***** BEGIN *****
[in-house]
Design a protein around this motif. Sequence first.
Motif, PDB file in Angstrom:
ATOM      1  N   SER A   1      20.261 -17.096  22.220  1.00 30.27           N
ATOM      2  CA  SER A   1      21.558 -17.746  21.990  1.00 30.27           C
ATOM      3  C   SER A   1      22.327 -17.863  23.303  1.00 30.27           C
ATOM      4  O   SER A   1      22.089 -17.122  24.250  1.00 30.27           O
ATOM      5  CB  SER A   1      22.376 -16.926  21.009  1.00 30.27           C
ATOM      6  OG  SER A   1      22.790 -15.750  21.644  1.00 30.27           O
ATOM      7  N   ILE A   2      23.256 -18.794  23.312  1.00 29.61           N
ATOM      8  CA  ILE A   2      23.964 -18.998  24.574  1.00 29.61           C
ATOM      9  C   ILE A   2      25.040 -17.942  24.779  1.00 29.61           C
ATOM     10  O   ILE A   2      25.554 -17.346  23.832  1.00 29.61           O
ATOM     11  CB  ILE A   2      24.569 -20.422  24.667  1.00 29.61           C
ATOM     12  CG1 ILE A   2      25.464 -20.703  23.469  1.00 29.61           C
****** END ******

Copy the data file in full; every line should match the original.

[in-house]
Design a protein around this motif. Sequence first.
Motif, PDB file in Angstrom:
ATOM      1  N   SER A   1      20.261 -17.096  22.220  1.00 30.27           N
ATOM      2  CA  SER A   1      21.558 -17.746  21.990  1.00 30.27           C
ATOM      3  C   SER A   1      22.327 -17.863  23.303  1.00 30.27           C
ATOM      4  O   SER A   1      22.089 -17.122  24.250  1.00 30.27           O
ATOM      5  CB  SER A   1      22.376 -16.926  21.009  1.00 30.27           C
ATOM      6  OG  SER A   1      22.790 -15.750  21.644  1.00 30.27           O
ATOM      7  N   ILE A   2      23.256 -18.794  23.312  1.00 29.61           N
ATOM      8  CA  ILE A   2      23.964 -18.998  24.574  1.00 29.61           C
ATOM      9  C   ILE A   2      25.040 -17.942  24.779  1.00 29.61           C
ATOM     10  O   ILE A   2      25.554 -17.346  23.832  1.00 29.61           O
ATOM     11  CB  ILE A   2      24.569 -20.422  24.667  1.00 29.61           C
ATOM     12  CG1 ILE A   2      25.464 -20.703  23.469  1.00 29.61           C